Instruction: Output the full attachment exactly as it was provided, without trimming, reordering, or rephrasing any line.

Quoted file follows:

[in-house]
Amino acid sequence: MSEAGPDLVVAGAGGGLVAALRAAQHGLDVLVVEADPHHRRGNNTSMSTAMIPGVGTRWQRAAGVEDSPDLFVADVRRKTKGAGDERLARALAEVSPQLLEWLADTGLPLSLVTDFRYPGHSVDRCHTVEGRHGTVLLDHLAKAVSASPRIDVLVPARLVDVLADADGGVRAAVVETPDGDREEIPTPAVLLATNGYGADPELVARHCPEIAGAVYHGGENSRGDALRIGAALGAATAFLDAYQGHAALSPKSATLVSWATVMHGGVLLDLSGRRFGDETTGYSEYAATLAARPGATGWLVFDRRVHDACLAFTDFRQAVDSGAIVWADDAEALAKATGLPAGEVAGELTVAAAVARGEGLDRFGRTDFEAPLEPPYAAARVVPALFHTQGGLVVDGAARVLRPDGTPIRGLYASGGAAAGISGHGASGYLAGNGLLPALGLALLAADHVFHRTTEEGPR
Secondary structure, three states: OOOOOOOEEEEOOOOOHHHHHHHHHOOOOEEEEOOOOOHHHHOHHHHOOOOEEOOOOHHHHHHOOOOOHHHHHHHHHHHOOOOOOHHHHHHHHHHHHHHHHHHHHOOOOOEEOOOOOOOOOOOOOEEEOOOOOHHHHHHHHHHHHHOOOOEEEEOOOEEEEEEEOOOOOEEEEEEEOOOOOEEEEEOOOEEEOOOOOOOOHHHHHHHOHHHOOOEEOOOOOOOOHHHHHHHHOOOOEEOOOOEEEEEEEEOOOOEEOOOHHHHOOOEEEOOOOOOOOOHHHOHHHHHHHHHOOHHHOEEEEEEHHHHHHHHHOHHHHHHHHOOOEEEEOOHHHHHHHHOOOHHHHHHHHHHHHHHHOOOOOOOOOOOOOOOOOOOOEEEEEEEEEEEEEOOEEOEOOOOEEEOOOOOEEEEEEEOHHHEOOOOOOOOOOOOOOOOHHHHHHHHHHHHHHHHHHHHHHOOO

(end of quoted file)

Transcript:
[in-house]
Amino acid sequence: MSEAGPDLVVAGAGGGLVAALRAAQHGLDVLVVEADPHHRRGNNTSMSTAMIPGVGTRWQRAAGVEDSPDLFVADVRRKTKGAGDERLARALAEVSPQLLEWLADTGLPLSLVTDFRYPGHSVDRCHTVEGRHGTVLLDHLAKAVSASPRIDVLVPARLVDVLADADGGVRAAVVETPDGDREEIPTPAVLLATNGYGADPELVARHCPEIAGAVYHGGENSRGDALRIGAALGAATAFLDAYQGHAALSPKSATLVSWATVMHGGVLLDLSGRRFGDETTGYSEYAATLAARPGATGWLVFDRRVHDACLAFTDFRQAVDSGAIVWADDAEALAKATGLPAGEVAGELTVAAAVARGEGLDRFGRTDFEAPLEPPYAAARVVPALFHTQGGLVVDGAARVLRPDGTPIRGLYASGGAAAGISGHGASGYLAGNGLLPALGLALLAADHVFHRTTEEGPR
Secondary structure, three states: OOOOOOOEEEEOOOOOHHHHHHHHHOOOOEEEEOOOOOHHHHOHHHHOOOOEEOOOOHHHHHHOOOOOHHHHHHHHHHHOOOOOOHHHHHHHHHHHHHHHHHHHHOOOOOEEOOOOOOOOOOOOOEEEOOOOOHHHHHHHHHHHHHOOOOEEEEOOOEEEEEEEOOOOOEEEEEEEOOOOOEEEEEOOOEEEOOOOOOOOHHHHHHHOHHHOOOEEOOOOOOOOHHHHHHHHOOOOEEOOOOEEEEEEEEOOOOEEOOOHHHHOOOEEEOOOOOOOOOHHHOHHHHHHHHHOOHHHOEEEEEEHHHHHHHHHOHHHHHHHHOOOEEEEOOHHHHHHHHOOOHHHHHHHHHHHHHHHOOOOOOOOOOOOOOOOOOOOEEEEEEEEEEEEEOOEEOEOOOOEEEOOOOOEEEEEEEOHHHEOOOOOOOOOOOOOOOOHHHHHHHHHHHHHHHHHHHHHHOOO